Saturday, May 31, 2008

Fumbling with Ferns

Currently, I am as interested in the ferns I’m now seeing around the cabin as I was with the fungus I saw a few months ago. Like the fungus, identifying ferns isn’t an easy task either. Let’s start with the ferns themselves. There are over 20,000 species. So the fieldguide isn’t likely to be something you can toss in your back pocket. You may need to buy a llama to carry that one around for you.

Narrowing a fern down to its family is (usually) easier. After that it gets messy. Let me give you an example. In the Dryopteris family of true wood ferns, three choices are the most likely in the woods around me—Intermediate, Spreading and Fragrant. In order to decide which of those might be the fern you see in today’s photo, the three species are separated by looking at the "first downward pointing secondary leaflet (basiscopic pinnule) on the lowest primary leaflet (basal pinna)." Then after you’ve found that first downward pointing etc., you have to look at the size and width of it as well as how it’s attached to the first upward pointing subleaflet. Okay, maybe I’ll try that tomorrow.

Then there’s the problem of the fieldguides. They ain’t cheap. They ain’t new, either, for the most part. At least, not for the ferns around Pennsylvania. I found one that sounded ideal, but it was $85. I found another that sounded good, it was $35. Another was printed in 1915 and yet another in 1937. This wasn’t exactly what I had in mind.

The internet offered some help, though not on a par with bird or flower identifications. Here’s a link to a page that contains several good links to more pages with some fern identification information.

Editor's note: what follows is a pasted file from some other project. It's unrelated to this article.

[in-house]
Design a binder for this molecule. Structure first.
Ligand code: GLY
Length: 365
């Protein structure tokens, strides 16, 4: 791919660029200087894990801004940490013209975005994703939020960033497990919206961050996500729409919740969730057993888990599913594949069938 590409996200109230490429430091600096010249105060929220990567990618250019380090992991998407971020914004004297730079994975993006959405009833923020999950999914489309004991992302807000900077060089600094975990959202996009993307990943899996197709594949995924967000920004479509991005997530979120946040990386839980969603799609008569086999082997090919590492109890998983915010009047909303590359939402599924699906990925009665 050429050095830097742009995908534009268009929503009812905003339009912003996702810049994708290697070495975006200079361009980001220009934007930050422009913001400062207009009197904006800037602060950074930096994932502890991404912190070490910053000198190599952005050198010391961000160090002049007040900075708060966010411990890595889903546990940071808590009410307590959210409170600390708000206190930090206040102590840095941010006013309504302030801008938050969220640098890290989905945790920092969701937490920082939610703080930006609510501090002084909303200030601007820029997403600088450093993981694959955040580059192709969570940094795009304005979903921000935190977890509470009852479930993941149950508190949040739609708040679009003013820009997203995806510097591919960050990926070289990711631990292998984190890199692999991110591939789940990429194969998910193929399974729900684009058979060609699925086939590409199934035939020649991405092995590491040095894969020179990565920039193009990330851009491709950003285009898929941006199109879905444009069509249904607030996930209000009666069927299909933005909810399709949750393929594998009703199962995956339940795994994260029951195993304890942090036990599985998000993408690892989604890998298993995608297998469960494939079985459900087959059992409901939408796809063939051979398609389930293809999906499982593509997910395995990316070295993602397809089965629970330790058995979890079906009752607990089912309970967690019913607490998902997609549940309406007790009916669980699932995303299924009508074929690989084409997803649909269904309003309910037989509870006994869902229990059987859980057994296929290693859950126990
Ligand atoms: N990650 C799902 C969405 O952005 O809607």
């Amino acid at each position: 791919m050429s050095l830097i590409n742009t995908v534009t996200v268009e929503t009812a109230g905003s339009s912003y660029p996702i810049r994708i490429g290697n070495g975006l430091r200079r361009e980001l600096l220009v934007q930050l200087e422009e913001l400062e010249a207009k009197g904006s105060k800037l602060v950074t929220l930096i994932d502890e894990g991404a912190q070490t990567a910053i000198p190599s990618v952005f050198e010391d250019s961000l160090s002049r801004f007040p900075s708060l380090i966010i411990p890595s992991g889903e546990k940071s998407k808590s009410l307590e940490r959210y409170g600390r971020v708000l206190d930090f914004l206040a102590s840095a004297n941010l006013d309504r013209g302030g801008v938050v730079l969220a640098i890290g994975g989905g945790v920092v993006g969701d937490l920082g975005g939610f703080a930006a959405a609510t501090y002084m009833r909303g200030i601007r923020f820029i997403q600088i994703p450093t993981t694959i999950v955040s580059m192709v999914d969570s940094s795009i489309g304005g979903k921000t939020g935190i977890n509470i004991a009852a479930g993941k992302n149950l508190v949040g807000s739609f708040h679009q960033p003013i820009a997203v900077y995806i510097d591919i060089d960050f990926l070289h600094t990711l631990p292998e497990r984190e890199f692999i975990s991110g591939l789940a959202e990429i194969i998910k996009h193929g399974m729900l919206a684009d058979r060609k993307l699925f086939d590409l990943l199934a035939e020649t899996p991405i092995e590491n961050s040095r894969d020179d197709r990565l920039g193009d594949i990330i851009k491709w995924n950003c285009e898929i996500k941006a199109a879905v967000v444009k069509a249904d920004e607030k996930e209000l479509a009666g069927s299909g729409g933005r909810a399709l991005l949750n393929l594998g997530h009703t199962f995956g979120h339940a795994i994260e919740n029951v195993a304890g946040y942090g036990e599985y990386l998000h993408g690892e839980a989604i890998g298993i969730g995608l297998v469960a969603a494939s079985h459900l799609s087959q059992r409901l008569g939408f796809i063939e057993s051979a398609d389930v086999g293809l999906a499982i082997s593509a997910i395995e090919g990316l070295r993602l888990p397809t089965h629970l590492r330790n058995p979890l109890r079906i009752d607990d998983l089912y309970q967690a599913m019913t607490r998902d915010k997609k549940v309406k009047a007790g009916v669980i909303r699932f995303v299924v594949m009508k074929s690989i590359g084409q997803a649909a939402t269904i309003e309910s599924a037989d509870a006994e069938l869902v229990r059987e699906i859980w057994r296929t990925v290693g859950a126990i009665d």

Cicero Sings said...

Ferns, Mosses and Lichens ... very tricky to identify! I just bought a book for our end of the world. However, the more I read, the more I find the prospect of identifying these things a little overwhelming ... especially for me, a novice!

Cathy said...

Yikes $85 for a guide! That's too much money.

I have a ton for ferns up here and the deer don't really eat either. I get a chuckle with the top of the fern. Reminds me of a christmas tree.

pablo said...

I have a fern guidebook that I really thought was deficient because none of the illustrations was in color. Then I realized that since nearly all ferns (in my area) are the same green color, colored illustrations wouldn't help.

Dana Jones said...

Your woods look just like mine did only a few weeks behind. The frogs are croaking so loud they sound like geese flying over head!

Carolyn H said...

Cicero: I guess there's no guidebook that can do justice to 20,000 species. i'm just IDing as best I can, which isn't as good as I'd like.

Cathy: I think "Yikes" was the word I used, too. I think the man who wrote the book self-published. The $35 guide is from a university press, but it's still too expensive.

Pablo: I do have one fern guidbook, but there's no range maps! And it's drawings, not photos, but the worst part is the lack of range maps.

Dana: I think my woods is pretty close to being as lush as it's going to get.

Carolyn H.